Chanteh or “Ayinehdan” is one of the handwoven products of nomad people of Fars province. Chanteh has been defined as “the knapsack of the dervish which are generally made of rugs and carpets and sewed in forms of sack. Then, leather pieces are sewed on them. They are hanged from neck and small objects are put in them”. In the terminology of carpets any small handworked weave, smaller than saddlebags, which does not have two compartments and is a single unit is Chanteh. The primary material of a Chanteh is completely like a carpet and their only differences are the sizes. These products are woven only by women and in fact, they look like a sack or pouch that is used to hold different objects nomadic people use in their daily lives. Chanteh is usually made from two pieces of a thirty in forty rectangular that are sewed to each other in three sides in the form of a pocket. There are two colorful pom poms on two sides of the bottom and they have a handle just like a bag. The handle is made of Chanteh itself and lets it to be hanged like a bag.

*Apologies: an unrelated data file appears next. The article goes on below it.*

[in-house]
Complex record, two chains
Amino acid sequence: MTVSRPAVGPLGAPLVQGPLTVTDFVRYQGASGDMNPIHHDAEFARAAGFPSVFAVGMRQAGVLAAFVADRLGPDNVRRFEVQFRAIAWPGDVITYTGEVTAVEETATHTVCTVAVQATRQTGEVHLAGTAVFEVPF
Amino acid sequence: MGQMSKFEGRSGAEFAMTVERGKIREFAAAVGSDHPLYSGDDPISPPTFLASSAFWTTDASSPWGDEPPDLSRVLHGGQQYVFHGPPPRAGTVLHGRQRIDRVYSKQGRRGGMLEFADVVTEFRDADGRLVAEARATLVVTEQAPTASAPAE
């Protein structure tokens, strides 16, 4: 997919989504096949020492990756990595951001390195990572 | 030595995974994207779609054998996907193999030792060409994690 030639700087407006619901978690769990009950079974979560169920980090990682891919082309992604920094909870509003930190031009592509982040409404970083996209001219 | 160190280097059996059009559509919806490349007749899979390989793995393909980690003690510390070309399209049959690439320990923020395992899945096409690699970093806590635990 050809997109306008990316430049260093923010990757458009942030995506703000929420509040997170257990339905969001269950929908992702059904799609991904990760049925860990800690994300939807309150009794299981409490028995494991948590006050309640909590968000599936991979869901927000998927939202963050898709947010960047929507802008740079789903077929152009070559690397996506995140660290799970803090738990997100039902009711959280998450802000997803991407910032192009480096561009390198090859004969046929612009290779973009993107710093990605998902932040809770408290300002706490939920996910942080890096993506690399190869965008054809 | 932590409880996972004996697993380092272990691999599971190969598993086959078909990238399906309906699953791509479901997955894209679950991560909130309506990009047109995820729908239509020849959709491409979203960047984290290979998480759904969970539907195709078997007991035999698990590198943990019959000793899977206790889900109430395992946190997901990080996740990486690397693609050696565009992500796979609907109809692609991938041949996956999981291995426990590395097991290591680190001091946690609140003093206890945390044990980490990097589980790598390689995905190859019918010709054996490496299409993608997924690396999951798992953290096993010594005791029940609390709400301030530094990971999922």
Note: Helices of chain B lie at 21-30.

To weave a Chanteh, since it is very narrow, a loom is installed only when more than five pieces are to be weaved. A weaver can produce ten to twenty pieces of Chanteh with different designs on one set of loom. This weave has different methods of manufacturing. Methods of weaving Carpets, Kilims, Jajims, saddlebags and other weaves can be used to make a Chanteh. Both Persian and Turkish knots are used in Chanteh. The wraps and wefts are wool yarns. The wraps are usually white and wefts are dyed with natural pigments. They are used in colors such as red, golden, blue and green. They are weaved on horizontal looms. The diversity of motifs and patterns of Chanteh are high. But women concentrate on keeping the fundamental elements that represent a part of the ancient culture of this land. Amongst them are motifs that are rooted in the legendary beliefs and symbols of ancient times and are signs of the beginning of the prehistoric era. They can be found in pottery artifacts from 4th to 3rd millennium B.C. and some of them are inspired by reliefs of Achaemenid, Sassanid and early Islamic Era. Some of the motifs used in the Qashqai weaves are peacock feather, paisley, sun, goat, birds, eight petal flowers, zigzags, cross, Anemone and desert bushes.